1. Egg quality declines as we age. Eggs, like other cells in the body, age with time and become increasingly abnormal as we get older. We estimate that any given time in our reproductive lifespan, there is a percentage of abnormal eggs in that month’s batch.  

By age 35, roughly 30% of the eggs in the batch are abnormal. By 38, about 50%. By 40 years old, about 70-75% of the eggs are abnormal and by 42, 90-95%. An abnormal egg is one that will not likely result in a successful pregnancy. An abnormal egg may still grow and be ovulated in a month, but if it does meet up with a sperm, that embryo is more likely to lead to something like a miscarriage, a pregnancy complicated by an abnormal number of chromosomes, or a pregnancy that just does not successfully implant.

We know that not only do we waste a tremendous number of eggs in our lifetime, but we also do not have a specific mechanism by which we can choose the best egg in the batch for any given month. Rather, the selection process is somewhat arbitrary, meaning that as we get older, the chance of an abnormal egg is statistically higher based on the proportion of abnormal eggs in the batch at any given time.

This means that as we age, the chance of infertility goes up, chance of miscarriage, pregnancy complications, and chromosomal aberrations all increase, statistically, and this is really a factor of egg quality.

Together, these factors contribute to the incredible inefficiency of human’s reproduction. In our peak reproductive years, in someone who does not have a diagnosis of infertility, the chance of achieving a pregnancy within one menstrual cycle is at best about 20%.

The Menstrual Cycle

The menstrual cycle is roughly the length of a one month. On average, a normal cycle ranges from 21-34 days. Cycle day 1 is marked by the first day of full flow. The last day of the cycle is the day before you start bleeding again with the next period.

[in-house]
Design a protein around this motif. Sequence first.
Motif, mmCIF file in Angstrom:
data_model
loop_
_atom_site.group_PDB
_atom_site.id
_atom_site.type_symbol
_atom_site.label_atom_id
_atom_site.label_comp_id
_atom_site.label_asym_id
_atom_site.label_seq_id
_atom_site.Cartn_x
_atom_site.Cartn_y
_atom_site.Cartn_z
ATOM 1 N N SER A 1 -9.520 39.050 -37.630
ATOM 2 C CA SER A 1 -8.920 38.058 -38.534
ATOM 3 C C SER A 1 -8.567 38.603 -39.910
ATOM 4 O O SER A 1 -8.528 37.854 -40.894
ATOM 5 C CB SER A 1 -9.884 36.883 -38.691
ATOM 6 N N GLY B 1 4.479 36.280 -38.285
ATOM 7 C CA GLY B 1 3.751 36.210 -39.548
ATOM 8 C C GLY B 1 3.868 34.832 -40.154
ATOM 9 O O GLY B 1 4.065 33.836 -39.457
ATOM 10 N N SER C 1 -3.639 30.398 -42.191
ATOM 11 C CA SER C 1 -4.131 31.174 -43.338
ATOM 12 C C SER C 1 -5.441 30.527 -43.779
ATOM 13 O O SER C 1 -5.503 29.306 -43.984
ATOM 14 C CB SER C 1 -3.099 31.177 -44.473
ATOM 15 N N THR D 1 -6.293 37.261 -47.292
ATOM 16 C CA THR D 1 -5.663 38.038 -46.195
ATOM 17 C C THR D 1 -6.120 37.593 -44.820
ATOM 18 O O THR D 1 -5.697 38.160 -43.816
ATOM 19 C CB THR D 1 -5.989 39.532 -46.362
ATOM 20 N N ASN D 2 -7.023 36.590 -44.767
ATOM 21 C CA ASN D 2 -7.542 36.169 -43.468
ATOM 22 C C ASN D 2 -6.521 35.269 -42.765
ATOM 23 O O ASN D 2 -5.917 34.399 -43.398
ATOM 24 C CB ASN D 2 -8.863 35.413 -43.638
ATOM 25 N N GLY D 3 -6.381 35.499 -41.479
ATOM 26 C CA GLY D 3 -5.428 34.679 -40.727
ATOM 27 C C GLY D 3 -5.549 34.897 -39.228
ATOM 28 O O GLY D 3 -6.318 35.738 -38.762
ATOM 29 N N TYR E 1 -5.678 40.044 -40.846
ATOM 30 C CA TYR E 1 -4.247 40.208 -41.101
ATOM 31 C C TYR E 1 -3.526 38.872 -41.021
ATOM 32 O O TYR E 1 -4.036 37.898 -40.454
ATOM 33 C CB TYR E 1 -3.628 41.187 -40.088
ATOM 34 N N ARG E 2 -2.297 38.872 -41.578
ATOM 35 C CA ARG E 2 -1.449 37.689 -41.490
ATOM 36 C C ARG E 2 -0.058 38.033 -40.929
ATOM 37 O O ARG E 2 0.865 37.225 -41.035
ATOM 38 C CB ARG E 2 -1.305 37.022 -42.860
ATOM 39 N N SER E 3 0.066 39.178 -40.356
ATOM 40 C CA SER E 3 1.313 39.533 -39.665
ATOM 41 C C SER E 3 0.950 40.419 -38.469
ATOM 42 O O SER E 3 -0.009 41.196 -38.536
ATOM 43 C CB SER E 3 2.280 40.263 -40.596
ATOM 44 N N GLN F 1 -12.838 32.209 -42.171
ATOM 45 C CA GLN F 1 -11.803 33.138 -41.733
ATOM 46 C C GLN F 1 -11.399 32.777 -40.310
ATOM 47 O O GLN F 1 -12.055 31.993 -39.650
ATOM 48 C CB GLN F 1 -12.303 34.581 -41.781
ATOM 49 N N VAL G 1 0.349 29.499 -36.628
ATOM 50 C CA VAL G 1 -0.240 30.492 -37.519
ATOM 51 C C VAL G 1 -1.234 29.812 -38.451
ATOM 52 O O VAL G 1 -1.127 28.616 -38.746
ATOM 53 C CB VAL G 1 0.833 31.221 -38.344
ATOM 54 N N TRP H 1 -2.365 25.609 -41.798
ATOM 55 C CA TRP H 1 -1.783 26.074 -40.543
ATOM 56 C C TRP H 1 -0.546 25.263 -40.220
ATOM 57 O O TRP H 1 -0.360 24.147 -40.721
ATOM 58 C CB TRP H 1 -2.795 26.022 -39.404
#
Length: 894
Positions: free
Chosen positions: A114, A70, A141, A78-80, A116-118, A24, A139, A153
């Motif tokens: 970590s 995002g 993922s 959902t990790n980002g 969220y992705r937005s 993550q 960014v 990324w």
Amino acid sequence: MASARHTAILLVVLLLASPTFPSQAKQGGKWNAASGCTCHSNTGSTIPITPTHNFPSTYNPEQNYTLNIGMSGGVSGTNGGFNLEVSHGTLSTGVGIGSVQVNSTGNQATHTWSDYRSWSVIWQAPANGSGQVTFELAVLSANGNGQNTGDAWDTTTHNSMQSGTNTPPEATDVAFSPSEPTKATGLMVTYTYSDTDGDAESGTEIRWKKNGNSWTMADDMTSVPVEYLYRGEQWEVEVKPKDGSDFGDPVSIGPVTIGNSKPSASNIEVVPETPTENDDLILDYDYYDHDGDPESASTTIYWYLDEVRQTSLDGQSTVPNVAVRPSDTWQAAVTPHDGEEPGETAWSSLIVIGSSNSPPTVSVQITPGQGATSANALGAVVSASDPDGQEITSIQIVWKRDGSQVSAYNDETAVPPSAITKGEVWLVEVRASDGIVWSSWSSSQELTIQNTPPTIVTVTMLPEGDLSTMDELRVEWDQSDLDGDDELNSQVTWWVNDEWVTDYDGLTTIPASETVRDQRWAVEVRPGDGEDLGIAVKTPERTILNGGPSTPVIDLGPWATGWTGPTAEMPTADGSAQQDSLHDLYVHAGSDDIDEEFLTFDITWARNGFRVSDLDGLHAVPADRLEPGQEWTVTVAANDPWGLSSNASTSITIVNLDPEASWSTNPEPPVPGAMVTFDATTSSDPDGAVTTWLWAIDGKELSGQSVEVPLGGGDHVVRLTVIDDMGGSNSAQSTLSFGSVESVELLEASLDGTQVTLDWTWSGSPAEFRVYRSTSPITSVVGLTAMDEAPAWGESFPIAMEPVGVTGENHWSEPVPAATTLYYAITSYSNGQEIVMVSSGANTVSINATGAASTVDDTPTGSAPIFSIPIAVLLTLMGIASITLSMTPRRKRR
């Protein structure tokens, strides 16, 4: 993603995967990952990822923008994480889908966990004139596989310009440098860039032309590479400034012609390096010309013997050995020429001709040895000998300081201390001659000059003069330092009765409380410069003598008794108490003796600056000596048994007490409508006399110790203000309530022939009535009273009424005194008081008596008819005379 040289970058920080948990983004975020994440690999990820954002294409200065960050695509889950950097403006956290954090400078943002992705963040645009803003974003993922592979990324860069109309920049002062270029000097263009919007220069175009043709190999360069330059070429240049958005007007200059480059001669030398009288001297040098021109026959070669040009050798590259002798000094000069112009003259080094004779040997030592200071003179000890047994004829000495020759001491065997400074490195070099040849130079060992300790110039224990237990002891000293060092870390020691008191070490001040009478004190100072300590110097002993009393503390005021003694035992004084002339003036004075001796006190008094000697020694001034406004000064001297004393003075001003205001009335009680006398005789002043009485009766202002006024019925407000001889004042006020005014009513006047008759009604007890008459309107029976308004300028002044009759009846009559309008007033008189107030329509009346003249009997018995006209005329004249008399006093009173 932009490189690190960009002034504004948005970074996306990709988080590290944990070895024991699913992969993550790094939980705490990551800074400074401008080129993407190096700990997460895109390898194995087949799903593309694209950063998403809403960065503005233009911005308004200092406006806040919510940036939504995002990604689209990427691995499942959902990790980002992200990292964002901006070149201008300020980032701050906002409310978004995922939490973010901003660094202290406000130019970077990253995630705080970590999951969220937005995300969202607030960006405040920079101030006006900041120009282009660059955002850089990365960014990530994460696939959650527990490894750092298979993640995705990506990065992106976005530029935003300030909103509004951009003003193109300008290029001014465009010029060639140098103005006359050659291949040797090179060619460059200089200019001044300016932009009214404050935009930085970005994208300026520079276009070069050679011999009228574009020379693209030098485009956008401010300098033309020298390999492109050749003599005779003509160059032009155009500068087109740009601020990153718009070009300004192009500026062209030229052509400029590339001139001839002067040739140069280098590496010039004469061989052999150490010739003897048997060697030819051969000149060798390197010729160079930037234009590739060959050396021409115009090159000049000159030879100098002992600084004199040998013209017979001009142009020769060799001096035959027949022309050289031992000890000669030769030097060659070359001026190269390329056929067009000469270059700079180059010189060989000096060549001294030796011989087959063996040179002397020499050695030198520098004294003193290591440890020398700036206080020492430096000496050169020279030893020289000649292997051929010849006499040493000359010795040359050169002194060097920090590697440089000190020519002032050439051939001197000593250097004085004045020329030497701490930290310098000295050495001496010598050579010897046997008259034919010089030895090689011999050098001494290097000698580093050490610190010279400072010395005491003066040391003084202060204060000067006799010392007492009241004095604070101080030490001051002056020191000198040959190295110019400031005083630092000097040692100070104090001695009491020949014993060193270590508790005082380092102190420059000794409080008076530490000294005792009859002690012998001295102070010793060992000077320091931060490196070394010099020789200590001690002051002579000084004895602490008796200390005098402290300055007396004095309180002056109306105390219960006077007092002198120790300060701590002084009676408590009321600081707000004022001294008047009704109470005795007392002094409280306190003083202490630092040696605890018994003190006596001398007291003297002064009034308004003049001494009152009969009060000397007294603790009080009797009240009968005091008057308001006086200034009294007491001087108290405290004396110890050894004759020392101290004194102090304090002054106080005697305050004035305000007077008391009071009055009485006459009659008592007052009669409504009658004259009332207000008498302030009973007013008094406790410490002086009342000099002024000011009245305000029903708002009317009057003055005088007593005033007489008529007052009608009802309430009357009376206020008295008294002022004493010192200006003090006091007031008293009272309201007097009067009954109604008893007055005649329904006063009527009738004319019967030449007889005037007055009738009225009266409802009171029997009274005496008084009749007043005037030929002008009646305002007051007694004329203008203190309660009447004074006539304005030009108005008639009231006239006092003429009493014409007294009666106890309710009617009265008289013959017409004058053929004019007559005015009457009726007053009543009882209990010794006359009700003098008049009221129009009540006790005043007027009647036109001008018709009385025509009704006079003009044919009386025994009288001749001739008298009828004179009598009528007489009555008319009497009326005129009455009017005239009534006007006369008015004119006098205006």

At the beginning of the cycle, the brain instigates changes aimed at nurturing one egg for potential fertilization. It does so by signaling to the ovaries through Follicle Stimulating Hormone (FSH), essentially requesting egg production. Within the ovaries, each egg resides within a fluid-filled sac known as a follicle, so FSH is appropriately named. In response to FSH, the ovaries select one follicle from the batch, regardless of its quality, to nurture to maturity.

Over the initial 7-10 days of the ovarian menstrual cycle, the chosen follicle grows, reaching a diameter of approximately 2cm. While this growth is observable via ultrasound, the brain remains unaware. Thus, the follicle signals its progress by releasing increasing amounts of estrogen. Estrogen not only communicates with the brain but also grows the uterine lining, the endometrium, to provide space to support a potential pregnancy, akin to tilling soil in a garden before planting.